The digger technician arrives in about two hours and then we can start again.

Thursday, 14 January 2016

moths: mysterious; misunderstood; maligned.

Moths: mysterious; misunderstood; maligned.
green silver lines
And neglected too.

There are 2500 species of moths in the UK. But few, if any of us can name any moth species. 

And although butterflies have pleasant associations of sunny summer afternoons and are renowned for their fragile beauty, moths are associated with night time and eating our trousers.

But in 2015 we learned to love our moths. With the help of a special moth light, we discovered a total of 134 fascinating species in our garden.

If not an addiction, identifying moths certainly became habit-forming.

actinic moth light in action
My job on warm evenings was to set up the light and place egg boxes inside the moth trap box. When the actinic light drew moths in, they would buzz about and slip down a funnel into the box below the bulb and then snuggle into the corner of an egg box.

The light was left glowing overnight and then, armed with lots of small specimen pots I would attempt to catch the sleepy moths and bring them back to the kitchen table to be received by intrigued noises from The Identifier-in-Chief.

The identification part is ticklish tough, I can tell you - and frequently way above my pay grade. But once accomplished the identified species is added to our list and the little critter then released into the shelter of a bushy grass to wait till evening.

elephant hawk moth
I must apologise to the friend who asked me what we did with caught moths when I answered that we press them between the pages of books like wild flowers. That was not funny. At all. I see that now.
No moths are harmed during our catching and identifying activities.

Perhaps surprisingly, there are others who share our interest - with moths being a convenient excuse to gather for pleasant evenings of beer and food. And, this being the age of social media, the identification and celebration of moths is twittertastic too.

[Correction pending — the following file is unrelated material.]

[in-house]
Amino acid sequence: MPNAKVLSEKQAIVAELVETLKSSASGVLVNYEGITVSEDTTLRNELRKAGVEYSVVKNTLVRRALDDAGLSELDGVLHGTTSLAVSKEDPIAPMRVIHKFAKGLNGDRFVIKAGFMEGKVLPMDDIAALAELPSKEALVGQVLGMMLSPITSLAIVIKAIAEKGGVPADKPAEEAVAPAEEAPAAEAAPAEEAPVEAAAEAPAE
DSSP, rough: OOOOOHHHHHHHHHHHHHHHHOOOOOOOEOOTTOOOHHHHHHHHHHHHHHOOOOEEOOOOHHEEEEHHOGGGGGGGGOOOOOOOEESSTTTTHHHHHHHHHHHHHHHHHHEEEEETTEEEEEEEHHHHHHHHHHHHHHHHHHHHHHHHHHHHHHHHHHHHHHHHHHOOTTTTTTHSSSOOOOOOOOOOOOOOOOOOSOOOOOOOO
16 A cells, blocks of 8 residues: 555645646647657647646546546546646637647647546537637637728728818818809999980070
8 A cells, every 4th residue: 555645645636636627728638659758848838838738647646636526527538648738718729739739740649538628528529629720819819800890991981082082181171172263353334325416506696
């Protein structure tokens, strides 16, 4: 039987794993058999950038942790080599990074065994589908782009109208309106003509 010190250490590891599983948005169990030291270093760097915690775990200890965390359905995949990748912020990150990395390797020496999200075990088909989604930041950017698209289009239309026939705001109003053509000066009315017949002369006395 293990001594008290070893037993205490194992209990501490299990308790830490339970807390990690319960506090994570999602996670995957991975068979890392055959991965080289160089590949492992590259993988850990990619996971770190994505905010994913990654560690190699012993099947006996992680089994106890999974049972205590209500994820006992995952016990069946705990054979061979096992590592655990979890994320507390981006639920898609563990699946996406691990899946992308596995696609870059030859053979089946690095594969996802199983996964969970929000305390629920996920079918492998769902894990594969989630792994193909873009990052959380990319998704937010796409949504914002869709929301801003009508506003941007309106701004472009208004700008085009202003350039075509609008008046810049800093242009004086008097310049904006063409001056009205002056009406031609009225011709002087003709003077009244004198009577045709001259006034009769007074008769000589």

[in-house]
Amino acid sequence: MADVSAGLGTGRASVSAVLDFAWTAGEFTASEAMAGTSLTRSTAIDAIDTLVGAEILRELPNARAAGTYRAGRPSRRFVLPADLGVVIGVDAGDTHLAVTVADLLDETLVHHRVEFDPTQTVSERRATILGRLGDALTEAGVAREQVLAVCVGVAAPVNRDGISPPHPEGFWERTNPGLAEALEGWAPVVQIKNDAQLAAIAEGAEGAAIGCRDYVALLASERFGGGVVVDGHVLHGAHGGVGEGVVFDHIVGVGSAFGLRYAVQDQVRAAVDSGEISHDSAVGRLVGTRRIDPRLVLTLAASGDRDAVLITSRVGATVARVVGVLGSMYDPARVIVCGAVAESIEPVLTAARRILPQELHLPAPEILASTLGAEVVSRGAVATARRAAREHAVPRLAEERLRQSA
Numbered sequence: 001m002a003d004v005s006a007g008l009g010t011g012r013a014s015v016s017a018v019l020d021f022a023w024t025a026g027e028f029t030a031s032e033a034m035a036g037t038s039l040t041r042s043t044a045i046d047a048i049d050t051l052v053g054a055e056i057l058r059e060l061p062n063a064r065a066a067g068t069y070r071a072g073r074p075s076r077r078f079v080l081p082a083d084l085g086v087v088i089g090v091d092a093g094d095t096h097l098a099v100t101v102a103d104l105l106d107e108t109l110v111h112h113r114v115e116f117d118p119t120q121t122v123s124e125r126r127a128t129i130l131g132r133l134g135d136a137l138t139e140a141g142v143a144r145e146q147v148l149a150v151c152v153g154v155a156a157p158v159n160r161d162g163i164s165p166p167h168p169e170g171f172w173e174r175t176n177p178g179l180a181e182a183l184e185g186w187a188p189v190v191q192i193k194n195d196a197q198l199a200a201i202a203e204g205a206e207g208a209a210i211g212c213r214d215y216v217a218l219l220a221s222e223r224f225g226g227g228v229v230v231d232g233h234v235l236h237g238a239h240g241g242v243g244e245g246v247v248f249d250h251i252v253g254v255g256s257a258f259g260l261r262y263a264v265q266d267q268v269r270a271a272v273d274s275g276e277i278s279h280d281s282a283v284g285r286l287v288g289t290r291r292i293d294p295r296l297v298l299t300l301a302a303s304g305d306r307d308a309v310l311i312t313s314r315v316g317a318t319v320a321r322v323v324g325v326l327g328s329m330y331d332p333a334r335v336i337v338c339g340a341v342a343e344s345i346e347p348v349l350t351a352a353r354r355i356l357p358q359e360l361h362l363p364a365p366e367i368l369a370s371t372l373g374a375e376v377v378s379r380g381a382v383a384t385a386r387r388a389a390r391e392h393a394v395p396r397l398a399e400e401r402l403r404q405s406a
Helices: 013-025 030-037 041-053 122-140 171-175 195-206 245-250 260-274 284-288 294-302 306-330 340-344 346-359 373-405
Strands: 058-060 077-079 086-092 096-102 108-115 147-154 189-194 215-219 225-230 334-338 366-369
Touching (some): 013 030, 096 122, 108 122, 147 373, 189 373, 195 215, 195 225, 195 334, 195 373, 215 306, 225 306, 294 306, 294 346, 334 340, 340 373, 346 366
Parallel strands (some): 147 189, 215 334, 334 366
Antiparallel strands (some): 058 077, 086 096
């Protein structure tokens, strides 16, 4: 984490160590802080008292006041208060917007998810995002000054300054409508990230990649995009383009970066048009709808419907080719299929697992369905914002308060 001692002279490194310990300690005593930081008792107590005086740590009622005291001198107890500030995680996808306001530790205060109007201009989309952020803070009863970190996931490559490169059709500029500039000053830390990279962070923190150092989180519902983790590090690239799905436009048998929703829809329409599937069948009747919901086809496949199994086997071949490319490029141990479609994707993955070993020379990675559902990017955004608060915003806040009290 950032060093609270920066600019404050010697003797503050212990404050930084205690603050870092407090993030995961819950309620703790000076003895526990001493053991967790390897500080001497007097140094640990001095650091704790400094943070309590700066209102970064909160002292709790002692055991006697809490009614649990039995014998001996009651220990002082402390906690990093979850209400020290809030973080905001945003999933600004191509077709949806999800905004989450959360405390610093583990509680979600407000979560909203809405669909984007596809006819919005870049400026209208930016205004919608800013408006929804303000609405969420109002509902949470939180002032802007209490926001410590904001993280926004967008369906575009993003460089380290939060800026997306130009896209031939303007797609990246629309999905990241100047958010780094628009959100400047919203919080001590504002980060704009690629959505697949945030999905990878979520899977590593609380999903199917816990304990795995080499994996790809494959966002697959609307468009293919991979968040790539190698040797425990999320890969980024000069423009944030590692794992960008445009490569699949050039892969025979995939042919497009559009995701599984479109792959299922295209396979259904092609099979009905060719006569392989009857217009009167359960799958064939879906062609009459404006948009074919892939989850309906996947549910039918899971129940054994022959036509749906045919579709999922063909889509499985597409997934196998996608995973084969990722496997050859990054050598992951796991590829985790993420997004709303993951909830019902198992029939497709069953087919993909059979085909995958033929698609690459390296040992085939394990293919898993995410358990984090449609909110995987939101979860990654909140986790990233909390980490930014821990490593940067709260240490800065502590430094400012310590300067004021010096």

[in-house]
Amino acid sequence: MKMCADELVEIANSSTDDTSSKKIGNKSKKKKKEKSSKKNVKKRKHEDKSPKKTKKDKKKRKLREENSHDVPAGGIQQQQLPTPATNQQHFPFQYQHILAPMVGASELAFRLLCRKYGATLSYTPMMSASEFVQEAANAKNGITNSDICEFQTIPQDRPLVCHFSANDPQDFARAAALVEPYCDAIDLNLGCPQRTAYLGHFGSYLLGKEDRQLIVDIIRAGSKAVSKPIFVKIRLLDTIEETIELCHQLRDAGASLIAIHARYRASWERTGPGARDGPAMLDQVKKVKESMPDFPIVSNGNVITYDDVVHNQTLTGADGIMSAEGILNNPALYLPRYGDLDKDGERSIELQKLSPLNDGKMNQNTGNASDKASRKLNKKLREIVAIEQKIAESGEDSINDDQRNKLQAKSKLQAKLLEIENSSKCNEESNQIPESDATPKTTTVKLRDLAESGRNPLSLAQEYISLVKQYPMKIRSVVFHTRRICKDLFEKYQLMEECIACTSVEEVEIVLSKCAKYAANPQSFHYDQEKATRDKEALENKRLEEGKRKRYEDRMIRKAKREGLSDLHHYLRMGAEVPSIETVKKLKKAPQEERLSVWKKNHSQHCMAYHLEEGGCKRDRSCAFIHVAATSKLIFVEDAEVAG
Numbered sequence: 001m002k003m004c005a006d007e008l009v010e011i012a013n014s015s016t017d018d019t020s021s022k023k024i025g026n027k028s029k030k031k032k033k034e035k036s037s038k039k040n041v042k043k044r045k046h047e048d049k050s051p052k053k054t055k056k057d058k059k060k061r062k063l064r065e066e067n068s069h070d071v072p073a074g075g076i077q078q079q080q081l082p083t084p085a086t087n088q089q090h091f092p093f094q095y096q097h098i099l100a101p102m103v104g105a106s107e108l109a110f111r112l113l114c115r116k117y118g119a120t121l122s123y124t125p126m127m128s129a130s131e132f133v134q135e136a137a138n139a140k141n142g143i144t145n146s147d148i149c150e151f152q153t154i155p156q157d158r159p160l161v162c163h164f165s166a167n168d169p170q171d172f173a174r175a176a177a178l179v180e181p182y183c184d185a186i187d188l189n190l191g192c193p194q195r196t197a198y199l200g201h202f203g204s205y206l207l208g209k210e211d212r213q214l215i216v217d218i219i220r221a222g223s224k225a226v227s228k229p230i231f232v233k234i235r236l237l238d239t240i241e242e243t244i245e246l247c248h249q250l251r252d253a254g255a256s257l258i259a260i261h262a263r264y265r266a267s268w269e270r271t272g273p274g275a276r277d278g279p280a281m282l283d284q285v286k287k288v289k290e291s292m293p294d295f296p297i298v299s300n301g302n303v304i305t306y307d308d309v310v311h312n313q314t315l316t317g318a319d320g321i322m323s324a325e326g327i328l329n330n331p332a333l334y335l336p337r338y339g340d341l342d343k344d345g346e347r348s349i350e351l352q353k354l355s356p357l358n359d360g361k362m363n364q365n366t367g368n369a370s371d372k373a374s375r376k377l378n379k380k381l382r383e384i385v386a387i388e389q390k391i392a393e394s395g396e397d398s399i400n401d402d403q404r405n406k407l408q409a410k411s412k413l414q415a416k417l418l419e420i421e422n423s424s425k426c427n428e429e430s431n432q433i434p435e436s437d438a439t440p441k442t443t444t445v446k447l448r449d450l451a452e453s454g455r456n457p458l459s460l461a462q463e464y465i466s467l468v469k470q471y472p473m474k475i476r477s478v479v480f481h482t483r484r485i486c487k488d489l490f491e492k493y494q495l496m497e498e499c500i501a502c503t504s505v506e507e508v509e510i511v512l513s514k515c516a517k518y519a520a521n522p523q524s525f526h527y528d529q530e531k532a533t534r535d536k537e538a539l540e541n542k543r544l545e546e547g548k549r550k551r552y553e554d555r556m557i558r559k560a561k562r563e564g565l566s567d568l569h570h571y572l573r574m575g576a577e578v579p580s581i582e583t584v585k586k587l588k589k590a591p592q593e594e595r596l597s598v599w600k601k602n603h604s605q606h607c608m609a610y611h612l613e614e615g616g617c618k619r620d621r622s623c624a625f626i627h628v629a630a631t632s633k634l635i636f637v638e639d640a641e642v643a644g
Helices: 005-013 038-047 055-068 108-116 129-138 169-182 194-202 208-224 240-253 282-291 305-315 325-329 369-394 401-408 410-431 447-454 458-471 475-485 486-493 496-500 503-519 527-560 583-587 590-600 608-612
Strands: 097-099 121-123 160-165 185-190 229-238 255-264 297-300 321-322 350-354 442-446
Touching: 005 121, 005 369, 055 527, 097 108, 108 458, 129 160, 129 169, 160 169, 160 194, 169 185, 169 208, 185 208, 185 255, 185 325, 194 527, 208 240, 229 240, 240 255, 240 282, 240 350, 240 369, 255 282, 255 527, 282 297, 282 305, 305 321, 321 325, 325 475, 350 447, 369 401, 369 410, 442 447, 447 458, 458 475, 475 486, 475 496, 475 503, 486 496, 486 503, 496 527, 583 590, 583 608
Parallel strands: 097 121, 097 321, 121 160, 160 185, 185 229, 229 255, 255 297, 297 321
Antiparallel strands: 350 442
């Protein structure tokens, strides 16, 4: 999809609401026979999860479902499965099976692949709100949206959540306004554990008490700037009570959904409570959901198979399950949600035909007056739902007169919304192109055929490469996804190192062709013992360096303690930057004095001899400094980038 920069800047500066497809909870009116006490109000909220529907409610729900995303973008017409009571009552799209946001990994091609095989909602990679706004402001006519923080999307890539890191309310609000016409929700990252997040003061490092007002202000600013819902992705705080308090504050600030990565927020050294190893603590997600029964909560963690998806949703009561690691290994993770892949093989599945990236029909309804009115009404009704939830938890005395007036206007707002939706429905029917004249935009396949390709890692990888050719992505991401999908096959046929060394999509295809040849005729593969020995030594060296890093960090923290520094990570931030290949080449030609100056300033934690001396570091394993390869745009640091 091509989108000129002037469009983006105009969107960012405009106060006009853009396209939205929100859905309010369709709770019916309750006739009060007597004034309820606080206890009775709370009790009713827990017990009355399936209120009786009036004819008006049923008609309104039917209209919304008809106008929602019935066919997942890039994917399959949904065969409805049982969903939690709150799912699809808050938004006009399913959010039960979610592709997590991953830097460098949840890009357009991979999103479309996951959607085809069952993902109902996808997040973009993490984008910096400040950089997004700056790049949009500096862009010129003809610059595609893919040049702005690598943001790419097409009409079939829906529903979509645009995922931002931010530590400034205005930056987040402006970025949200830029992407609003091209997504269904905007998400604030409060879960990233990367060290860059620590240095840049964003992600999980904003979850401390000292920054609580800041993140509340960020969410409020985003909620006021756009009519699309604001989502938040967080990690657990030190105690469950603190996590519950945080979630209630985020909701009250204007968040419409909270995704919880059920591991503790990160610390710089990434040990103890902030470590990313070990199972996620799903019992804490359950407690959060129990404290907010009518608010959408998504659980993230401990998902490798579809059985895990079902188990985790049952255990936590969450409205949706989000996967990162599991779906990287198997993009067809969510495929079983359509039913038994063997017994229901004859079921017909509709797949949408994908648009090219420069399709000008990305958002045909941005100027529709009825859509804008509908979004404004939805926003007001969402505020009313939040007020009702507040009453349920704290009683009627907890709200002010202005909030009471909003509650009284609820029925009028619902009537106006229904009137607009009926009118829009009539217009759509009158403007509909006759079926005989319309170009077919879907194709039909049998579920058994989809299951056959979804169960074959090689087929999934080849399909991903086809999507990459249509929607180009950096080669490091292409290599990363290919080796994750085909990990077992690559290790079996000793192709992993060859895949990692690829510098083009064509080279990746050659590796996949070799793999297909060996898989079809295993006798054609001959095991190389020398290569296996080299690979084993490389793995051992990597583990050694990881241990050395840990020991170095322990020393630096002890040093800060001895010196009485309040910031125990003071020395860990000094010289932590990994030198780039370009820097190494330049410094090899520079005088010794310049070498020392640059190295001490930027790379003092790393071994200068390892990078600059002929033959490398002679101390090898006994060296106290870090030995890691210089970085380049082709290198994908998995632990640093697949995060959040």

Once listed, we submit our records to the County Recorder. And this data is added to the information submitted by all other collectors which leads to a better understanding of how moth populations are faring.

And just like canaries once used to detect gas in coal mines (they fainted or died), moths can give valuable information about the wider health of the environment.

Wednesday, 6 January 2016

the 'bad boy' arrives ....

7:15am.
'Rob. It's Bill. We'll be coming up to your place with the digger first thing'.

You would struggle to find words more exciting to the wildlife gardener: words to transform a man who qualifies for a bus pass into a small boy on Christmas morning.
Local farmer Bill Hammond supervising work ...
We have gardened with biodiversity at the forefront of our thoughts since we began the Cordwood project. We love nature!!

We've got simple flowers to attract bees. Lots of bird boxes. Lots of bird food. Piles of rotting wood. Native plants. Tolerance!

But the biggest boost we can give wildlife starts today: our pond.

It'll be a big 'un: 18m in diameter and a depth of 1.7m. Gently sloping to the centre. Fed with rainwater from the roofs of our two bungalows. With a wonderful circumference of beautiful water plants and a 'beach' of stones.

.. showing the perimeter path and the gentle shelving to the centre
Our site was 'dry' when we arrived. At the top of a sandy, windy hill, there was no source of water for wildlife at all. And water is the key if you want to attract wildlife - for drinking, feeding, bathing and breeding. 

Today Mark arrived with the 22 tonne  'bad boy' - a huge JCB digger with a bucket that scoops two tonnes of spoil out at a single sweep. A beast of a machine!